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Dunkeld Bridge

The Bishopric
The Reformation
Market Town
19th Century Gothic

The History Of Dunkeld

The Capital City

Dunkeld's time of greatest importance lies far back in tfle past, though even to the present day it holds its position as the gateway to the Highlands. In these peaceful times this only means that the place is attractive to the tourist and visitor, but once it gave Dunkeld a perilous and uneasy pre-eminence.

There are evidences of Bronze-Age culture round Dunkeld. There is a fine cup-stone on Birnarn Hill, and the King’s Hill near Craigiebarns is a Bronze-Age fort. Later the Picts occupied the country and the Romans built their chief Northern camp a few miles downstream. The Columban missionaries arrived here early, for St. Fintan set up his cell above Dunkeld, and St. Adamnam, the biographer of St. Columba, is said to have been the first Abbot; but Dunkeld’s greatest period in history began
in A.D. 844, when Kenneth MacAlpin united the kingdoms of the Picts and Scots, and chose Dunkeld and Scone for his joint capitals.

The Scots came from Ireland, and founded the Kingdom of Dairiata, which roughly corresponds to the county of Argyllshire. Kenneth MacAlpin was a descendant of their first king, Fergus Mor, but the royal house had intermarried with the Picts, the mysterious early inhabitants of Scotland, and after many battles, in which the Picts were often defeated, the contending kingdoms were fused in Alba. The union was the easier because both nations were Christian, and Christians of the same kind, the converts of St. Columba or of the Culdees, as the descendants of the Columban missionaries were later called. lona was the spiritual home of both peoples; but when Kenneth MacAlpin moved the bones of St. Columba from lona to Dunkeld, where a stone church had already been built by Constantine, the last Pictish King, Dunkeld became the spiritual as well as the political capital of Alba. Kenneth MacAlpin and his descendants did not hold Dunkeld undisputed. In 845 it was attacked by the Danes, who were defeated between Clunie and Dunkeld. They were more successful a few reigns later, for in 905 the town was taken and plundered. The Danish power was not broken till the Battle of Luncarty in 970, which, according to popular tradition, was won by the Hays, who derived their name and their early prominence from this occasion. Even then the Danes returned, for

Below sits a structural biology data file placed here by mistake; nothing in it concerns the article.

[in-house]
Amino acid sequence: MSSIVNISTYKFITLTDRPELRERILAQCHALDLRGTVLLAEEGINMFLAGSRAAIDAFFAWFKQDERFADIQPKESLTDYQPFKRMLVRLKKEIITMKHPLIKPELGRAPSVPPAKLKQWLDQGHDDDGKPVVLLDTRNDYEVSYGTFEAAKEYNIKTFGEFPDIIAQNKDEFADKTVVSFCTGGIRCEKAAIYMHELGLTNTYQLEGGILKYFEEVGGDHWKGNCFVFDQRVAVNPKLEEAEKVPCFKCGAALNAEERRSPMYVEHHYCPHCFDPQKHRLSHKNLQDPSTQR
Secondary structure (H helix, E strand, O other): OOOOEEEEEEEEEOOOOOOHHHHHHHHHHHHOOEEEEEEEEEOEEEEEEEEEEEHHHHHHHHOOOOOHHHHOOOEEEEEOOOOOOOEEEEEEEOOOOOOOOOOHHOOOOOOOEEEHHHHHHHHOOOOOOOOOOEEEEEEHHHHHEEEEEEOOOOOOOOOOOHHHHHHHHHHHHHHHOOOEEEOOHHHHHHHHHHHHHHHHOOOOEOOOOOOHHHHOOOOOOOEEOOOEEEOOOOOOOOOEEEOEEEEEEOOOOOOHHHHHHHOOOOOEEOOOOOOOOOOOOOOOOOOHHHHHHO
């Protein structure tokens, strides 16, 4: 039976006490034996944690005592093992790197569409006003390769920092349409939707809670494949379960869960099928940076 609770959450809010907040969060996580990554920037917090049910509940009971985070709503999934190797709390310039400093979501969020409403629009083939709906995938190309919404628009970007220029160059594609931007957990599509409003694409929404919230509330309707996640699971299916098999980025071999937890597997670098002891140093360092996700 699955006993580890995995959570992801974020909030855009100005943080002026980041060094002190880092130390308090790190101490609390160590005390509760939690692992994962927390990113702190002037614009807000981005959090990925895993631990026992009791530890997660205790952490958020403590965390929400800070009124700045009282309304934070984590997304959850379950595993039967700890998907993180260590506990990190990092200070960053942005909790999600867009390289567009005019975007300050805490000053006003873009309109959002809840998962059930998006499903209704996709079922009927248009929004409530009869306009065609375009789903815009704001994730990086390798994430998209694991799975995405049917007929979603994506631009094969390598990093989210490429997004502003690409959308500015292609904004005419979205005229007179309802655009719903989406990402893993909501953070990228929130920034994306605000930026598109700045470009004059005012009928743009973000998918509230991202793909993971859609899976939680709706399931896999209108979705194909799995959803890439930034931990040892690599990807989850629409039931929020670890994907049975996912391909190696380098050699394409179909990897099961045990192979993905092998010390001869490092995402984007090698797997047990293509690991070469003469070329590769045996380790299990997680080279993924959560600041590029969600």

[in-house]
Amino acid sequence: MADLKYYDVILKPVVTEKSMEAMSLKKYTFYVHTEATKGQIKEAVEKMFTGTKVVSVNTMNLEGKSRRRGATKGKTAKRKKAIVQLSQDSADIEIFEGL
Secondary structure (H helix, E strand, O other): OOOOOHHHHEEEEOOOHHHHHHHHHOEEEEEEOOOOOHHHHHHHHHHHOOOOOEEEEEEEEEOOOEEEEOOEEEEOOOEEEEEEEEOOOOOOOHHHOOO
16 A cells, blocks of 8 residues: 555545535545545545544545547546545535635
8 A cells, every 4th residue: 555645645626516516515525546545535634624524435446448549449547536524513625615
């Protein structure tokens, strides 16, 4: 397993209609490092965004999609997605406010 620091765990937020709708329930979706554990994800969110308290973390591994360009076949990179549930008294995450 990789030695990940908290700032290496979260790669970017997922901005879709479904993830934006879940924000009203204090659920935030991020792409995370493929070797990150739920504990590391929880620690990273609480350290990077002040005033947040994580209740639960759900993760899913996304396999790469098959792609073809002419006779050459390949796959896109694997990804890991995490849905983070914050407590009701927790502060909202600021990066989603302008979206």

Dunkeld was burned by them in 1027. The castle mound on the shores of Loch Clunie is traditionally supposed to be the site of Kenneth MacAlpin’s castle, and although archaeologists tell us that it is the remains of a Norman mote-and-bailey which must date from after the reign of
King David, it is possible that it was erected on an earlier site.

Dunkeld retained its importance as long as the house of MacAlpin remained, although the addition of Cumbria to the kingdom must have tended to draw the seat of the government further south. Malcolm the Second was the last of the male line of MacAlpin. His daughter Bethoc
married Crinan, a lay abbot of Dunkeld, and their son Duncan succeeded his grandfather. Every succession in the Kingdom of Alban appears to have been complicated by the difference of the Celtic and the Pictish laws. The Celtic succession was lineal, from father to son, and the Pictish either matri-lineal or from brother to brother, so that the uncle succeeded rather than the nephew. Duncan succeeded his grandfather through his mother.
His reign was short and stormy. He had to do battle against the Danes at Culross and again at Perth, where he conquered them, though, it is said, by a shabby strategem. His kinsman Macbeth, another claimant to the
throne, had supported him at the beginning of his reign, but afterwards rebelled, killed him and seized the throne. Duncan’s Seat, a mound at the side of Birnam Hill, is commonly associated with King Duncan, though some say that it has taken its name from a later cattle thief.

Macbeth ruled well and successfully for seventeen years, and was then conquered by Duncan’s son, Malcolm Canmore, who had long been an exile in England, and brought Saxons and Normans to help him, and Norman notions with them. Malcolm’s army marched by the Sma’ Glen to Birnam, and crossed by Dunkeld on its way to Dunsinane, Macbeth’s chief stronghold, taking with them, it is said, the green branches from Birnam Wood to conceal their numbers from the enemy. All manner of
picturesque legends have grown up around this story, and in some of them Macbeth has been swelled to giant’s size, but Shakespeare has made Holinshed’s version the most familiar in the modern world. With the coming of Malcolm, grandson of Dunkeld’s Abbot though he was, the prestige of Dunkeld began to dwindle. His second wife, Margaret, was devoted to the Church of Rome, Augustinian friars began to replace the Culdees, the primacy of the Church shifted to St. Andrews, and the political capital became Abernethy and then Dunfermline. Malcolm's Sons were as pious and as Normanized as their mother, and Dunkeld. though still an important bishopric, lost its pre~eminence as a city.

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